Updated: Aug 3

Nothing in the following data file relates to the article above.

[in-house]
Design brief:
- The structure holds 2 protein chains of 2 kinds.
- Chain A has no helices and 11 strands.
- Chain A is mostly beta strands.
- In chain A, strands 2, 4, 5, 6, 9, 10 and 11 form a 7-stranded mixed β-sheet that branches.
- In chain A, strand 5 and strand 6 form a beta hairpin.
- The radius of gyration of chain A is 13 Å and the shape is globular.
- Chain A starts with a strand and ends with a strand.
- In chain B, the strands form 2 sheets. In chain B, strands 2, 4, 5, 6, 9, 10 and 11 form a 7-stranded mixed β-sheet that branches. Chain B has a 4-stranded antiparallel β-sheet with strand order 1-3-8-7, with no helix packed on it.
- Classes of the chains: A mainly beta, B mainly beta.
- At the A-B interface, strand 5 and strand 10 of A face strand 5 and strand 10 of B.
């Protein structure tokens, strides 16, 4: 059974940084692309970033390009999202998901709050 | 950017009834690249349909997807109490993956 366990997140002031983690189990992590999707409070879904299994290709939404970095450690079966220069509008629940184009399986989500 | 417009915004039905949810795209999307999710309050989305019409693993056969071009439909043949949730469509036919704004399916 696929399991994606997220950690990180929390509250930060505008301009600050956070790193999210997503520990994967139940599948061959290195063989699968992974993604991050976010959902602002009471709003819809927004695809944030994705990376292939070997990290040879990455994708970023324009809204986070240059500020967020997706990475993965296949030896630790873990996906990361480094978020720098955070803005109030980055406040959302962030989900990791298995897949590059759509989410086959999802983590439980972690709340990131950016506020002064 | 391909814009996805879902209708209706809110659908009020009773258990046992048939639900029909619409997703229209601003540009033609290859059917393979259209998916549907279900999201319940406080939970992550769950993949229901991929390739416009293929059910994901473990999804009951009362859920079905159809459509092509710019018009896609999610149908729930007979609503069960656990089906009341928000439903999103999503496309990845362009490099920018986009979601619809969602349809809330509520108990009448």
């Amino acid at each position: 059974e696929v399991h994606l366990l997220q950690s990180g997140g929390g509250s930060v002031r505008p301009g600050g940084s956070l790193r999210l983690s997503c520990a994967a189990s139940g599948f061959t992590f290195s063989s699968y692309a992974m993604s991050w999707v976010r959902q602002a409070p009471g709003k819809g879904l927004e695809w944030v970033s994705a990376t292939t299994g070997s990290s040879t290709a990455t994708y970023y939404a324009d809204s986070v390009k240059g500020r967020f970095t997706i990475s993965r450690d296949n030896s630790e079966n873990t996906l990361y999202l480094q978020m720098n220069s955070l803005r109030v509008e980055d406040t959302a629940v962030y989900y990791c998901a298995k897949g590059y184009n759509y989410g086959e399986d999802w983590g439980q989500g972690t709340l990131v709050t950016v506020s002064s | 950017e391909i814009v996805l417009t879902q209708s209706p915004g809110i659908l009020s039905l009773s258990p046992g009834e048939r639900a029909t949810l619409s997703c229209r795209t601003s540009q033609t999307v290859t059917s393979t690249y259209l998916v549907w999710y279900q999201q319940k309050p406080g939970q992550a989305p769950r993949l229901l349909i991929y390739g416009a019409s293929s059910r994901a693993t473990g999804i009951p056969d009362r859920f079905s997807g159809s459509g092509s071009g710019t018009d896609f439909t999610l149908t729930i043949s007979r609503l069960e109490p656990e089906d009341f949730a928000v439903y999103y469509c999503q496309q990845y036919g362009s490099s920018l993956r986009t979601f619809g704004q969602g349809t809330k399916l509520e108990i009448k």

Rank is relative. It is in relation to a position in society or a hierarchical organisation, e.g. social class. Rank is contextual. In differing contexts we have different, momentarily-fixed, roles. As adults, we hold the role of parent within the family, sometimes the role of teacher in a learning environment and, perhaps at work, we hold a managerial role. Rank is complex. We have multiple ranks depending on the person in relation to whom we are momentarily positioned and the momentarily-fixed roles we have in a given context. Rank is structural. It is an overall system of influence organising the relationship between any individual and every other individual within a group of people. Often, we are unaware of the structural rank between us. We frequently have a blind-spot to it, until it is pointed out by someone from outside the system. As we manoeuvre in and out of different contexts and relationships, we might acquire rank from a different source or from the ways in which we negotiate our way between one rank and another, drawing on our life experiences. Rank is spiritual. There is a rank that comes from a ‘radical opening’, a connection with a spiritual source that enables you to meet the moment free of social norms and expectations or desires for the future and unburdened by the memories and understandings of the past. It enables you to feel at ease and free in the moment. Focusing on our high spiritual and psychological rank and gaining awareness of its impact is key because these two are the only ranks that afford us agency and the possibility to effect change. Rank Dynamics Rank dynamics belong to a particular universe of privilege and subordination. In this universe, feelings are subordinated to power. Action and influence on others is more highly valued than the feelings that motivate such action. Feelings are in the shadows of power: they are marginalised. They are not allowed their full expression, out of fear. Let us notice what happens on the subordinate side of this equation: Low rank. Often hands over its power to someone else: Giving - never taking Waiting - for or on others to be invited Permission - granted by another Feeling - dismissed Withdrawing - when touching the edge, just before change, when this is unwelcome by another Where fear trumps love, our inner wise one gets shut down. The longer the shutdown, the more likely that this wise one becomes absent and ghost-like. Where fear resonates and our wise one cannot be listened to, we sometimes focus on our rights. Reframing the low rank or victim place as a limitation is one way we can take and integrate the authority that initially was on the outside within responsibility. On the dominant side of the equation: High rank. Often draws its power and influence from others: Receiving and inviting Defining the terms of relationship Choosing the timing of things Granting permission or entry into the intimate sphere Entitled - to ‘this’ and ‘that’ Within the bind of dominance and subordination, the likelihood of abuse increases - and even more so without awareness of the impact that power exerts. Being Mindful of Rank To be mindful of rank is to notice the rank that is between us: To use our high rank with awareness, naming it and using it to enable a relatedness with another in a perceived lower rank. To know that the low rank that we sometimes feel carries within it hidden powers: the high rank that comes from our most difficult life experiences. When we move towards owning our high rank, we take responsibility for it. Relatedness Beyond Rank To relate beyond rank is to: – relate beyond the desire or need to take something from the other that is not freely given – be attentive to the relational field and, at the same time, stay connected to the self.